Authorities said at least nine people died and over 1,000 were injured by the earthquake, now named the Kumamoto Earthquake. Eight of the nine victims were reported in the town of Mashiki.
Authorities said at least nine people died and over 1,000 were injured by the earthquake, now named the Kumamoto Earthquake. Eight of the nine victims were reported in the town of Mashiki. EPA - KIMIMASA MAYAMA

Japan hit by second big quake in less than 24 hours

A SECOND powerful earthquake with a preliminary magnitude of 7.1 has struck southern Japan, barely 24 hours after a smaller quake hit the same region and killed nine people.

The Japanese Meteorological Agency issued a tsunami alert for slight sea level changes in Ariake and Yatsushiro seas but has since lifted it.

There were no immediate reports of casualties in the Saturday quake though there were several reports of damage, including some collapsed buildings and cracked roads.

It follows a magnitude 6.2 earthquake which struck the island of Kyushu on Thursday evening, killing at least nine people.

The quake hit at 9.26pm local time seven miles east from the town of Mashiki.

The dead included five women and four men. One man was was in his 20s, and the rest of the victims ranged from their 50s to one woman in her 90s. Eight of the nine victims were from Mashiki.

The government's chief spokesman, Yoshihide Suga, said at least 860 people had been injured, 53 seriously. Kumamoto prefecture tallied 784 injured.

A further 44,000 people were forced to stay in shelters overnight after buildings collapsed.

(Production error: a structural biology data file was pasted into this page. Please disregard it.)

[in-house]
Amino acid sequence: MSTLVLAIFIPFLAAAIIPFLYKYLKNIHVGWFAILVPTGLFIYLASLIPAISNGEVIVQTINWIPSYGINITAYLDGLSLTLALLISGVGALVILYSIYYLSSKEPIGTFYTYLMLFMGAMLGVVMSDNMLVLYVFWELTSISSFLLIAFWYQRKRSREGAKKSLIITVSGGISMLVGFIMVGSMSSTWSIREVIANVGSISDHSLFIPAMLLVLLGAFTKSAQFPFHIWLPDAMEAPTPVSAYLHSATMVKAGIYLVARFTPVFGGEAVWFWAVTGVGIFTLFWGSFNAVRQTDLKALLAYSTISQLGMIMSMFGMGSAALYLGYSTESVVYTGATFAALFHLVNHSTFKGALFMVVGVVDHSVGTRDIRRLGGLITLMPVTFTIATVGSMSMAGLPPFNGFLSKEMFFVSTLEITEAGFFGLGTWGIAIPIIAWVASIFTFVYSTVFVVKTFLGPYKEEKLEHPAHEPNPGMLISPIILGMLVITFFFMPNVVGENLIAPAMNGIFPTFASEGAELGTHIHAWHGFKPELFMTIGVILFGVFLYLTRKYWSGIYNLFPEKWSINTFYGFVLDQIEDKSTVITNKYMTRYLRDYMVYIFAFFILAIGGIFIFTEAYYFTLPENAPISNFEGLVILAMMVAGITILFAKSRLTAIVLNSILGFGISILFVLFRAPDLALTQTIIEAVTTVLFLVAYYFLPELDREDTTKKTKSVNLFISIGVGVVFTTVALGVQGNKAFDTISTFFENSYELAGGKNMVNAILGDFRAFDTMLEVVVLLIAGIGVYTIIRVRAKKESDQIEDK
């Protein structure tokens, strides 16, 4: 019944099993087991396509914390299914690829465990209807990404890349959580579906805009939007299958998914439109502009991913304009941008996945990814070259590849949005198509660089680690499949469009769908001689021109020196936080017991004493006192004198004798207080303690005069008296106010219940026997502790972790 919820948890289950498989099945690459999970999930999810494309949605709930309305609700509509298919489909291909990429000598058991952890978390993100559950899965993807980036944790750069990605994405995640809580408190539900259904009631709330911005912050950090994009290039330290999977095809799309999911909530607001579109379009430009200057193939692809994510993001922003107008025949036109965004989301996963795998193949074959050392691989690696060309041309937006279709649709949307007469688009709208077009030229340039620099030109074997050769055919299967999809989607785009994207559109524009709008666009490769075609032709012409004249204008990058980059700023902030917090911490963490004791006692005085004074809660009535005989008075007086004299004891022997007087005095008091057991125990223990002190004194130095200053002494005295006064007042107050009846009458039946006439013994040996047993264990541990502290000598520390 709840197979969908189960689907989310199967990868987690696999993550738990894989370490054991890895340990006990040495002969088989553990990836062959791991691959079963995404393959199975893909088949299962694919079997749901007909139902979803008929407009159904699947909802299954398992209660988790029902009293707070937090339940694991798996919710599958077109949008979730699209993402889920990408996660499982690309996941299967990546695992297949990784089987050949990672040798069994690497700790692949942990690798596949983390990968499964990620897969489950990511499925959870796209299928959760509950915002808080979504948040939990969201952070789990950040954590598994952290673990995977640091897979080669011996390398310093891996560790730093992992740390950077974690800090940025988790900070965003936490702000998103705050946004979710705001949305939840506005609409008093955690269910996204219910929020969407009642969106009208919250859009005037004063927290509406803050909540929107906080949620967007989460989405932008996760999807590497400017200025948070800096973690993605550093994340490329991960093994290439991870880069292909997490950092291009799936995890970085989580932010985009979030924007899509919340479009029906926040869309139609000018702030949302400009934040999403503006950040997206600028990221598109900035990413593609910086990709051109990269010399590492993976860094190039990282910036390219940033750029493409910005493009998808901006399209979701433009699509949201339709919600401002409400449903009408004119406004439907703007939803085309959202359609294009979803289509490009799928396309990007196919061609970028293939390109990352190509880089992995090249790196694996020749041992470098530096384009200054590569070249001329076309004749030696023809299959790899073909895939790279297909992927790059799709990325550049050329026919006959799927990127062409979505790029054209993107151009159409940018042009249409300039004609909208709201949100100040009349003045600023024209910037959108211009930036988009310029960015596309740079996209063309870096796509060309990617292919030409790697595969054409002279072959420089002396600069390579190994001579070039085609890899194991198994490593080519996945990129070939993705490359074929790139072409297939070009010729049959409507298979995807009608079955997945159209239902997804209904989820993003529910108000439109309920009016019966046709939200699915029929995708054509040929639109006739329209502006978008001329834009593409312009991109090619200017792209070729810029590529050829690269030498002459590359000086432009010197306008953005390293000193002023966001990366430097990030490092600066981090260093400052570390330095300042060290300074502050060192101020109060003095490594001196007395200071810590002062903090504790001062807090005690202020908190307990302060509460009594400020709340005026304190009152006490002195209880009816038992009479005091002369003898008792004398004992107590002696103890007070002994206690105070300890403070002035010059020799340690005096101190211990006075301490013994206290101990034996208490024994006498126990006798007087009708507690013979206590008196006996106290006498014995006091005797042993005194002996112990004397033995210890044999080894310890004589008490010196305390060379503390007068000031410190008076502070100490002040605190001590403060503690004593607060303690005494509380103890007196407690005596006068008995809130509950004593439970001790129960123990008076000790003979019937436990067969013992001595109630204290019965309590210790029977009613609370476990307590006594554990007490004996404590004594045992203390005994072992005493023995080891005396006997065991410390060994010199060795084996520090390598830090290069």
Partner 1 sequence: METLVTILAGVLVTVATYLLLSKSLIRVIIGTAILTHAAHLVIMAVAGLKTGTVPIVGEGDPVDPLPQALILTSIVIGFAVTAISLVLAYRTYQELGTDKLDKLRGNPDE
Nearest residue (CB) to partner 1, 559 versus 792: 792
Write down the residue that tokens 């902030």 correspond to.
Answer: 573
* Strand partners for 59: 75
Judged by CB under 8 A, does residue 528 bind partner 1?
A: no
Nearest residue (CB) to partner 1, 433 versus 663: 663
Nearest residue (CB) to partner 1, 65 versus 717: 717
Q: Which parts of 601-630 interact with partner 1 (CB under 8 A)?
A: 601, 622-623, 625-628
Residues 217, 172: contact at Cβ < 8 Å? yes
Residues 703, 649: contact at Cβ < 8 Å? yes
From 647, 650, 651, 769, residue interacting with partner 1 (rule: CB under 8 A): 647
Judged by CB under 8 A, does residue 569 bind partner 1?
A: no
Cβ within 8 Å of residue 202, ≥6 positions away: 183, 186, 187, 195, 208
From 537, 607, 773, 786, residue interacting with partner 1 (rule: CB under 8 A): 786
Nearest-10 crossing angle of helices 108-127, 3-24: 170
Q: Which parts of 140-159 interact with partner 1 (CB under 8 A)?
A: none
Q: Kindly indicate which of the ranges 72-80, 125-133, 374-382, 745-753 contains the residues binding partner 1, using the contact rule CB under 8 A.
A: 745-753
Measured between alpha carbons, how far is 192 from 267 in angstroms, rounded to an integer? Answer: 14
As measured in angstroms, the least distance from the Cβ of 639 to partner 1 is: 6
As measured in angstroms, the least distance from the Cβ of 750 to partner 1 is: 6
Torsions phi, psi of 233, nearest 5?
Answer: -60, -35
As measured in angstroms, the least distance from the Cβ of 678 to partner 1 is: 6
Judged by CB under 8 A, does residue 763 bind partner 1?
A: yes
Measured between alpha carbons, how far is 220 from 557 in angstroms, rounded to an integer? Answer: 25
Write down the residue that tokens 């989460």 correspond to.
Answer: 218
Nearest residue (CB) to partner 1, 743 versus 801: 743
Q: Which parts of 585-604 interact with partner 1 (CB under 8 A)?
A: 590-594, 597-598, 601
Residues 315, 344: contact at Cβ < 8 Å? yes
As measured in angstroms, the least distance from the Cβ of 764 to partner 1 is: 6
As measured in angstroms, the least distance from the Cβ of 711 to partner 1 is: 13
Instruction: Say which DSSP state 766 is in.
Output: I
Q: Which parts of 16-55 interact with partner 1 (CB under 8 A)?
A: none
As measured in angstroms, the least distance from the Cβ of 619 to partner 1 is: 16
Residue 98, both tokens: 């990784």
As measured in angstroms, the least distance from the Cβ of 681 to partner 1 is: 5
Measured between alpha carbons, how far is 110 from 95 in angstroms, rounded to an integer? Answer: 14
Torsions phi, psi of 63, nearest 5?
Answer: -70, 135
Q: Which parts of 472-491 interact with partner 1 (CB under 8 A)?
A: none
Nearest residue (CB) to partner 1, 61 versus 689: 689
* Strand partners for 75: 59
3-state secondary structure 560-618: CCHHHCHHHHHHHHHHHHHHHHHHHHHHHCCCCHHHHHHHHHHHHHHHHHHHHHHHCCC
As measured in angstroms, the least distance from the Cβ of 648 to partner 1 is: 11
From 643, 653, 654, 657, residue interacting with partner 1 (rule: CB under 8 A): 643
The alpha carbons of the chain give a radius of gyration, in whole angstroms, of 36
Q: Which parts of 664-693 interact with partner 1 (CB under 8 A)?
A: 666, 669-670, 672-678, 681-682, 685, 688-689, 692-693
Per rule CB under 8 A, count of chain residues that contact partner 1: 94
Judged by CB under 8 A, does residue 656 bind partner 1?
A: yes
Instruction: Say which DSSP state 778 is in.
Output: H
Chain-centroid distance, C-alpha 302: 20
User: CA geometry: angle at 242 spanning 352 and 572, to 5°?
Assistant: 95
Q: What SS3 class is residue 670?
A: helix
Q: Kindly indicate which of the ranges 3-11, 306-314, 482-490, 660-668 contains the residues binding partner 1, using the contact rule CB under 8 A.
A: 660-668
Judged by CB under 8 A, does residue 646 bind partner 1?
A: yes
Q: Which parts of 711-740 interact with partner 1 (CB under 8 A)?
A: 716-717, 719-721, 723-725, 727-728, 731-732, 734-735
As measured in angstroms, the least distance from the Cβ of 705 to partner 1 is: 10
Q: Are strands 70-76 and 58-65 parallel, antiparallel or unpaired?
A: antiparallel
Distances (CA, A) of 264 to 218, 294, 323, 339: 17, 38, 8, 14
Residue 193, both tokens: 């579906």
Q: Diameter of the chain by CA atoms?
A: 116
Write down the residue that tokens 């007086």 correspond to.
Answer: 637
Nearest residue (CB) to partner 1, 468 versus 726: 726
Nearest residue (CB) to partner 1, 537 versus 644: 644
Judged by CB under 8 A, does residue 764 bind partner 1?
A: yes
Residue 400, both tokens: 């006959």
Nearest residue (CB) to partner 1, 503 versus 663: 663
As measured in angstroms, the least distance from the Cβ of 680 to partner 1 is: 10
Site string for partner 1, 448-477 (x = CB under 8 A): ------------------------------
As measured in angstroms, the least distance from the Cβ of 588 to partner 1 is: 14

Power and water were yet to be restored on Friday and many are frightened to return to their homes because of the aftershocks.

According to Mr Suga, 1,600 soldiers had joined the relief and rescue efforts. TV reports showed troops delivering blankets and adult diapers to those in shelters.

One resident, Yuichiro Yoshikado, described the moment the walls began to shake as he was taking a bath in his apartment.

He said: "It's as if all control was lost, I thought I was going to die and I couldn't bear it any longer.

"I grabbed onto the sides of the bathtub, but the water in the tub, it was about 70 percent filled with water, was going like this," he said waving his arms, "and all the water splashed out."

Mr Suga said there were no reported abnormalities at the nearby nuclear plant.

The epicentre of Thursday night's earthquake was 120km (74 miles) northeast of Kyushu Electric Power Co.'s Sendai nuclear plant - which is currently the only operating plant of its kind in the country.

The Sendai plant was reopened in August last year, four years after all nuclear power production was suspended by the Japanese government following the Fukushima nuclear disaster in March 2011.

A magnitude 9.0 earthquake hit the Tohoku prefecture on 11 March and triggered a tsunami which led to the meltdown of the Fukushima plant.

At least 15,000 people died in the disaster and many have still not been able to return to their homes four years on.

Additional reporting by agencies



What do in Jaca? It's all here

premium_icon What do in Jaca? It's all here

Programs going overseas for festival

TAKING A DRAW: Cottens far from disgraced in pro debuts

premium_icon TAKING A DRAW: Cottens far from disgraced in pro debuts

BROTHERS disappointed not to pick up wins in front of home crowd.

Man dies in trail bike incident near Casino

Man dies in trail bike incident near Casino

Emergency services were unable to revive the man at the scene

Local Partners